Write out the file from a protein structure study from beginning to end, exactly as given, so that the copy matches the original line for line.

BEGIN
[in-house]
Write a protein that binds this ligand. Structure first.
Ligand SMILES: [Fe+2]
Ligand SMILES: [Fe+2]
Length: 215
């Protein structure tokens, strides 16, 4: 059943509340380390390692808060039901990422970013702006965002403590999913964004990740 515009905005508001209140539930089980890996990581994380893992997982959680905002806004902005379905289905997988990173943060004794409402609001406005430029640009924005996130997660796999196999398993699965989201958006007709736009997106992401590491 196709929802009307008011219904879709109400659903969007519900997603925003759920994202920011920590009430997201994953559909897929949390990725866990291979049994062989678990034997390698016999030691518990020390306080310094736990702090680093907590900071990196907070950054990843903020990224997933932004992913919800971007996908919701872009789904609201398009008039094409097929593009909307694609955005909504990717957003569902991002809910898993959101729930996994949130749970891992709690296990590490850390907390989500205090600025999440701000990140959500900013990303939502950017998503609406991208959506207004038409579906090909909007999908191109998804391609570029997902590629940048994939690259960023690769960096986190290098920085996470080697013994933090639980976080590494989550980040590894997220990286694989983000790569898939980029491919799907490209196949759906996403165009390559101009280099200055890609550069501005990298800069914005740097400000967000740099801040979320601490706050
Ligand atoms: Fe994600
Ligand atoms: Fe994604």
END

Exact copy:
[in-house]
Write a protein that binds this ligand. Structure first.
Ligand SMILES: [Fe+2]
Ligand SMILES: [Fe+2]
Length: 215
């Protein structure tokens, strides 16, 4: 059943509340380390390692808060039901990422970013702006965002403590999913964004990740 515009905005508001209140539930089980890996990581994380893992997982959680905002806004902005379905289905997988990173943060004794409402609001406005430029640009924005996130997660796999196999398993699965989201958006007709736009997106992401590491 196709929802009307008011219904879709109400659903969007519900997603925003759920994202920011920590009430997201994953559909897929949390990725866990291979049994062989678990034997390698016999030691518990020390306080310094736990702090680093907590900071990196907070950054990843903020990224997933932004992913919800971007996908919701872009789904609201398009008039094409097929593009909307694609955005909504990717957003569902991002809910898993959101729930996994949130749970891992709690296990590490850390907390989500205090600025999440701000990140959500900013990303939502950017998503609406991208959506207004038409579906090909909007999908191109998804391609570029997902590629940048994939690259960023690769960096986190290098920085996470080697013994933090639980976080590494989550980040590894997220990286694989983000790569898939980029491919799907490209196949759906996403165009390559101009280099200055890609550069501005990298800069914005740097400000967000740099801040979320601490706050
Ligand atoms: Fe994600
Ligand atoms: Fe994604």